Compensation in a Force Majeure Event
Before considering any remedies, contractors might have steps, they may take to mitigate costs, it is necessary to first understand the definition of force majeure as defined by UAE jurisprudence and the different elements attached to it.
When it comes to force majeure, there is a major contrast between civil law and common law customs. While the doctrine of rebus sic stantibus is specifically incorporated into the UAE Civil Transactions Code (Civil Code), there is no general principle of force majeure in common law systems, especially in English law.
A tripod is used in UAE law to define contractual or tortious liability. The three elements needed to determine any sort of liability are the harmful act, the injury, and causation. When an external act not attributable to the obligor is thought to have caused the harm incurred by another, the causal relationship is considered to be non-existent, and the obligor is released from any obligation to pay for the damage.
Force majeure is a shield used by the obligor to disprove any causal connection between a negative incident triggered by the obligor and the damages incurred. Articles 273 and 287 of the Civil Code describe force majeure in a wider context. Other clauses of the Civil Code that are explicitly or indirectly relevant to force majeure include:
Articles of civil code
Given that tortious liability often occurs during the execution of a construction contract understanding the application of force majeure in tort is equally relevant. Apart from slight differences that do not negate the effect of such protection on the execution of contractual obligations, the criterion of force majeure is the same in both provisions.
Since force majeure legal requirements are not obligatory or in the public interest, the parties' agreement will be considered before agreeing on any force majeure entitlement. In other terms, in the event of force majeure, the contract remains the primary source of obligations between the parties as to what the parties intended. The rule only comes into play when the contract is silent or vague.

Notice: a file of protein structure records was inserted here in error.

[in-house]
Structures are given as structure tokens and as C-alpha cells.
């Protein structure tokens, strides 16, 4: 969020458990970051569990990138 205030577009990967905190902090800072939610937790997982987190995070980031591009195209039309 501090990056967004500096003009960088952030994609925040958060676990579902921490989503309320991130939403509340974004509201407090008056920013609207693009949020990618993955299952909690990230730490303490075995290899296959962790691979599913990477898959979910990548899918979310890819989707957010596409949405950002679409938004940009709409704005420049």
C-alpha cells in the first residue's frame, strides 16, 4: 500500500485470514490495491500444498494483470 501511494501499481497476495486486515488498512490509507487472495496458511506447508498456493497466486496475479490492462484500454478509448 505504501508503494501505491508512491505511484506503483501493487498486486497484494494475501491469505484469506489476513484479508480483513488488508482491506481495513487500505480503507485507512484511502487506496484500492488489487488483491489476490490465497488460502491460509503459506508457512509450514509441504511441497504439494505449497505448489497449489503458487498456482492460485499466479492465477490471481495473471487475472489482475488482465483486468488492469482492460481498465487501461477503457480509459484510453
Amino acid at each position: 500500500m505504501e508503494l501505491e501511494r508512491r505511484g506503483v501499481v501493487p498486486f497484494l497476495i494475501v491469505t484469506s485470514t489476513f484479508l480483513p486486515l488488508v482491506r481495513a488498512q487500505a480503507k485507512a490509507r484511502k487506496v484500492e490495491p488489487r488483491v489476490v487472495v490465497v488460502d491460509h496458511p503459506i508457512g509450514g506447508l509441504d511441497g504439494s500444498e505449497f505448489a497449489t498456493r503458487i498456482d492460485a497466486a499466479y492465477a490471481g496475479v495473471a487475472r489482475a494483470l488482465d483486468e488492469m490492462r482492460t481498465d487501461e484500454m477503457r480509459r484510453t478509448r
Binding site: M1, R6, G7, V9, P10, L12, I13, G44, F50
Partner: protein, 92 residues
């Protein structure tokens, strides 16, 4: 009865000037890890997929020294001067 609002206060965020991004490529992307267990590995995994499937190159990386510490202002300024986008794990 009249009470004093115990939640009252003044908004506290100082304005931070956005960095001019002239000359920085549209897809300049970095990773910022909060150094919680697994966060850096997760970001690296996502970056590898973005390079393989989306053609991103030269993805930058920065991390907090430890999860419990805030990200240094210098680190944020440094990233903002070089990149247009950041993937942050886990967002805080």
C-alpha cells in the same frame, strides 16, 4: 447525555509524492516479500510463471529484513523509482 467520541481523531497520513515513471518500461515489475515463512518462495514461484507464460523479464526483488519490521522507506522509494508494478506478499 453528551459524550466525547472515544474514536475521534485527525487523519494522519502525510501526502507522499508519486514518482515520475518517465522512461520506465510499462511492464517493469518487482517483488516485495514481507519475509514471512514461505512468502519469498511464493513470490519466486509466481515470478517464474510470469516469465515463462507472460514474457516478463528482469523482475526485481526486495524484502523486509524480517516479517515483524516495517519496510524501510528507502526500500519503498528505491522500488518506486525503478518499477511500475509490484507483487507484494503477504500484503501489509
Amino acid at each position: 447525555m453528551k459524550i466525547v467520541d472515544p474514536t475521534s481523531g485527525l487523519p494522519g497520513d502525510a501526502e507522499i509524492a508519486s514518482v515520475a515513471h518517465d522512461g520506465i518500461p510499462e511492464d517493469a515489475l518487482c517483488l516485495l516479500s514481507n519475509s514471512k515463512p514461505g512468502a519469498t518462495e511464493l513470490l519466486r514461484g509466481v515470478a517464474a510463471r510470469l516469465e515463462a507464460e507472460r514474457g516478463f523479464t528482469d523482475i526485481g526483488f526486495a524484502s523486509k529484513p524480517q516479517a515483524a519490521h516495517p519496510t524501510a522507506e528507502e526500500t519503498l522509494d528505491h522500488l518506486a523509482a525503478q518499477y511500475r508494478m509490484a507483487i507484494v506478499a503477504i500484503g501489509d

In most construction contracts, the parties define the events that they consider to be acts of force majeure, as well as the effects that these events have on the contract's results. On this occasion, the parties may intend to use a more restrictive or broader definition than the courts normally use. Despite this, the contractual terms remain intact, and the parties' settlements are usually upheld by the courts.
As a result, courts may consider the occurrence of the event dependent on the substance of any contractual clause when applying force majeure. The following are the conditions for force majeure as specified in Articles 273 and 287, as well as by UAE jurisprudence:
The concept of "force majeure"
As previously stated, the unavoidability of the case is inadequate to constitute force majeure under contracts. It should be unpredictable as well. However, in tort, the avoidance of an event should be considered force majeure, absolving the obligor of any responsibility, provided that the obligor has taken all necessary precautions to prevent the event or minimize its effect.
Clause 19, FIDIC, which is commonly used by construction practitioners in the UAE, mirrors the same legislative requirements. Force majeure, according to Clause 19.1, is described as an extraordinary occurrence or situation that meets the following four criteria:
- Uncontrollable by a political party.
- From which such party could not fairly have secured itself prior to entering into the contract.